Iowa Department of Natural Resources via Facebook/Lock Up: Sioux City
Iowa wildlife officials display a golden eagle that was found shot in the western part of the state, near the Nebraska border, on February 18 or 19.

'Homicide With Wildlife': Iowa Authorities Seek Golden Eagle Killer


Authorities in Iowa are seeking the killer or killers of a golden eagle that was found shot in the northwestern part of the state late last week.

The Iowa Department of Natural Resources said the eagle was killed either on Tuesday February 18 or early on Wednesday the 19th, according to an announcement on the Lock Up: Sioux City Facebook page, which consists of messages from the Iowa municipality’s police blotter.

“There have been other cases of eagles recently shot in western Iowa and eastern Nebraska by what appears to be an organized group of individuals looking to sell them on the black market,” the notice said. “Harrison County residents are encouraged to report any activity that may lead to the arrest and/or conviction of these poachers.”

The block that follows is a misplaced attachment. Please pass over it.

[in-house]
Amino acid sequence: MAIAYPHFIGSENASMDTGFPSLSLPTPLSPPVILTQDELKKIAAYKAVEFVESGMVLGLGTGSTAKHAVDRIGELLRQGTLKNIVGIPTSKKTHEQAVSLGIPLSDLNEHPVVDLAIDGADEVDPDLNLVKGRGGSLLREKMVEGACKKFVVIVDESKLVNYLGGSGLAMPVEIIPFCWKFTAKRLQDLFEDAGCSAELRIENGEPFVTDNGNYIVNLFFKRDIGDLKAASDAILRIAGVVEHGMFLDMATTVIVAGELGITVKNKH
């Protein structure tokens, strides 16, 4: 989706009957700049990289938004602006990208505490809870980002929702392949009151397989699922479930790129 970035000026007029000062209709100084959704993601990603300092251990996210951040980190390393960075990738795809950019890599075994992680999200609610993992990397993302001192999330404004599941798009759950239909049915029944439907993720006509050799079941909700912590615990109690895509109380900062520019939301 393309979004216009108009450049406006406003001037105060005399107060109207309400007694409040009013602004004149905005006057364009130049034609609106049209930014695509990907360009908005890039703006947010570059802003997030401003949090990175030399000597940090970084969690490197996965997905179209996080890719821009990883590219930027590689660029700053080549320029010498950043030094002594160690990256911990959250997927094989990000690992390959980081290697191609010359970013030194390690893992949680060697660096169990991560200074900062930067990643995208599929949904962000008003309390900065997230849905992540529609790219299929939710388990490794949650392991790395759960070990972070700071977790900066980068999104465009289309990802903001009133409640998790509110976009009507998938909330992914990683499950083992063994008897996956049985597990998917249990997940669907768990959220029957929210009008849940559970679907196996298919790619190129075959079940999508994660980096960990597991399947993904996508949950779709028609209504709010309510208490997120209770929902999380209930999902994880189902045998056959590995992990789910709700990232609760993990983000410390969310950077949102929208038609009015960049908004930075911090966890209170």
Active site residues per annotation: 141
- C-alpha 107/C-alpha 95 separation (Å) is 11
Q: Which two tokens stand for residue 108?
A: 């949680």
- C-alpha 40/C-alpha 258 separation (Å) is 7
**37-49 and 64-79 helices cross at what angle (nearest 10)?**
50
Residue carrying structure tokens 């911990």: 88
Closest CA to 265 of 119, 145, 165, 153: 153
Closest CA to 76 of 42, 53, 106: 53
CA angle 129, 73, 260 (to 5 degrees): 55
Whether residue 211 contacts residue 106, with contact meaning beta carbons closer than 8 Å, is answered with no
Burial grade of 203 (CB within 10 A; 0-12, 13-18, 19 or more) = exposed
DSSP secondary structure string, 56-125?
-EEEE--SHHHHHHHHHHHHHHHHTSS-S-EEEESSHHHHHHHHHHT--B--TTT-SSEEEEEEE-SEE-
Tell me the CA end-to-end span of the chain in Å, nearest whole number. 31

However this does not appear to be a poaching incident, a state wildlife official told KETV in Omaha, Nebraska, because the perpetrator did not climb the tree to retrieve the majestic bird, which authorities found in Woodbine, near the Nebraska border.

“There's no reason for someone to go out and shoot such a beautiful bird such as that,” said David Tierney, a state conservation officer with the Iowa Department of Natural Resources, to KETV. “It's a homicide with wildlife, and that's how we investigate it.”

He told the television station that the crime, though classified as a simple misdemeanor for a first offense, carries a $250,000 fine and one year in jail. He said the natural resources department is offering a $2,500 reward for information leading to the killers. Authorities are encouraging anyone with information to contact the state’s Turn In Poachers hotline at 1-800-532-2020 or report it confidentially online.


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Michael Madrid's picture
Michael Madrid
Submitted by Michael Madrid on
I can't understand how it's not a poaching incident if they suspect that an organized group is doing it to sell feathers on the black market. Either way, killing an eagle should carry a stiffer fine and jail time.